He made a particular impression in the plays of TS Eliot, introducing the First Knight in Murder in the Cathedral at the Edinburgh festival in 1953, Sir Claude Mulhammer in The Confidential Clerk in the following year, and Lord Claverton in The Elder Statesman, also at the Edinburgh festival, in 1958, a politician and tycoon with the right look, said Tynan, “of stoic dismay, as of a man staring past the fire into his own thoughts”.
His stage reputation did not translate into cinematic distinction, but his films did include such notable titles as Muriel Box’s The Beachcomber (1954), with Glynis Johns and Donald Sinden; Beau Brummell (1954), with Stewart Granger and Elizabeth Taylor; Carol Reed’s Our Man in Havana (1959), with Alec Guinness and Noël Coward; Ken Hughes’s The Trials of Oscar Wilde (1960), with Peter Finch and James Mason (Rogers played Wilde’s biographer, Frank Harris); and Peter Ustinov’s Billy Budd (1962), with Robert Ryan.
Rogers first joined the National Theatre at the Old Vic in 1974, appearing in Jonathan Miller’s production of Peter Nichols’s The Freeway and as Boss Mangan in Shaw’s Heartbreak House, flitting back to the RSC for the remarkable rediscoveries of Harley Granville Barker’s The Marrying of Ann Leete (1975) and Gorky’s The Zykovs (1976) before opening the restored Lyric Hammersmith, in 1979, in Shaw’s You Never Can Tell. In the Shaw, he played Walter, the waiter, a study in discreet obtrusiveness so delicious that, having taken an order for drinks, he left the stage in receipt of what he was in fact seeking: a large round.
He returned happily to Broadway in 1981, playing the bombastic actor manager “Sir” (based on Donald Wolfit) in Ronald Harwood’s The Dresser, opposite a marvellously mincing Tom Courtenay. In the new National Theatre on the South Bank, he rejoined Peter Hall and Judi Dench in 1982 as a definitive Canon Chasuble in The Importance of Being Earnest, greeting Algie’s supposedly dead brother with a vague semaphore routine perfected in years of fidgeting; and as an impassive doctor in Pinter’s A Kind of Alaska, waiting for Dench to come round from a 29-year-long coma, part of a triple bill in which he also played a cab-driver in Victoria station.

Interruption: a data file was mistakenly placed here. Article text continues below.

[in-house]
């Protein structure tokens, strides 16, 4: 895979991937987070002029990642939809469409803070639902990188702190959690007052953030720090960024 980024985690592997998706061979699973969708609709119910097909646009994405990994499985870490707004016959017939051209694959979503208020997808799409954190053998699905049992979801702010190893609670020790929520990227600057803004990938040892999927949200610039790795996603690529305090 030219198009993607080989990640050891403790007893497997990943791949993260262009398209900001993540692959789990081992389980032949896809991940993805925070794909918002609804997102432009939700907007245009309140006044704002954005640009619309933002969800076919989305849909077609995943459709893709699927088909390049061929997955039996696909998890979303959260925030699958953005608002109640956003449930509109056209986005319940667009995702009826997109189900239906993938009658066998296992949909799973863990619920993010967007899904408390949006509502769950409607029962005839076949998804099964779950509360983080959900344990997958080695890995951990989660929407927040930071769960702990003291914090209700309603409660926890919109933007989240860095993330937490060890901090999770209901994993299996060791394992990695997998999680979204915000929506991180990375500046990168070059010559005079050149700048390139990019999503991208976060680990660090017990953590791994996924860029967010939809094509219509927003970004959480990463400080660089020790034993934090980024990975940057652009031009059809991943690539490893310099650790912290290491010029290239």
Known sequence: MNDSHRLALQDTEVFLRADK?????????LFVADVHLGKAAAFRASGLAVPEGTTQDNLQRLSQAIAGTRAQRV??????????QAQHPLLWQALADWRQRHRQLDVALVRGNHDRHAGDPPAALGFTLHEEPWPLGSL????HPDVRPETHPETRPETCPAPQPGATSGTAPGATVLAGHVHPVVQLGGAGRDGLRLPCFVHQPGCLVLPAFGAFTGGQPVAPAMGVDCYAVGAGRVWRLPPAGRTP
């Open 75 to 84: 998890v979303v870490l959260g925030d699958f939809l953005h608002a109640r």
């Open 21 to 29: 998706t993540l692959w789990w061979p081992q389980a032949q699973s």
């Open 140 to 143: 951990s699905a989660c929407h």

His last stage appearances were as Boanerges in Shaw’s The Apple Cart at the Haymarket (with Peter O’Toole as King Magnus) in 1986; in an Arthur Miller double-bill, Danger: Memory! at Hampstead in 1988; and as an imposing mogul again in an off-Broadway play, Jerry Sterner’s Other People’s Money, at the Lyric, Shaftesbury Avenue, in 1990. His last movie was Gillian Armstrong’s Oscar and Lucinda (1997), with Ralph Fiennes and Cate Blanchett.
On television, he was a leading light, the college dean, in the brilliant 1987 adaptation of Tom Sharpe’s Porterhouse Blue (starring Ian Richardson), and was a regular fixture in such series of the 1990s as Kavanagh QC and Lovejoy.
In 1939, Rogers married Jocelyn Wynne. They divorced in 1955, and that year he married Rosalind Boxall; she died in 2004. He is survived by two sons from his first marriage and two daughters from his second.
• Paul Rogers, actor, born 22 March 1917; died 6 October 2013.
The above “Guardian” obituary can also be accessed here.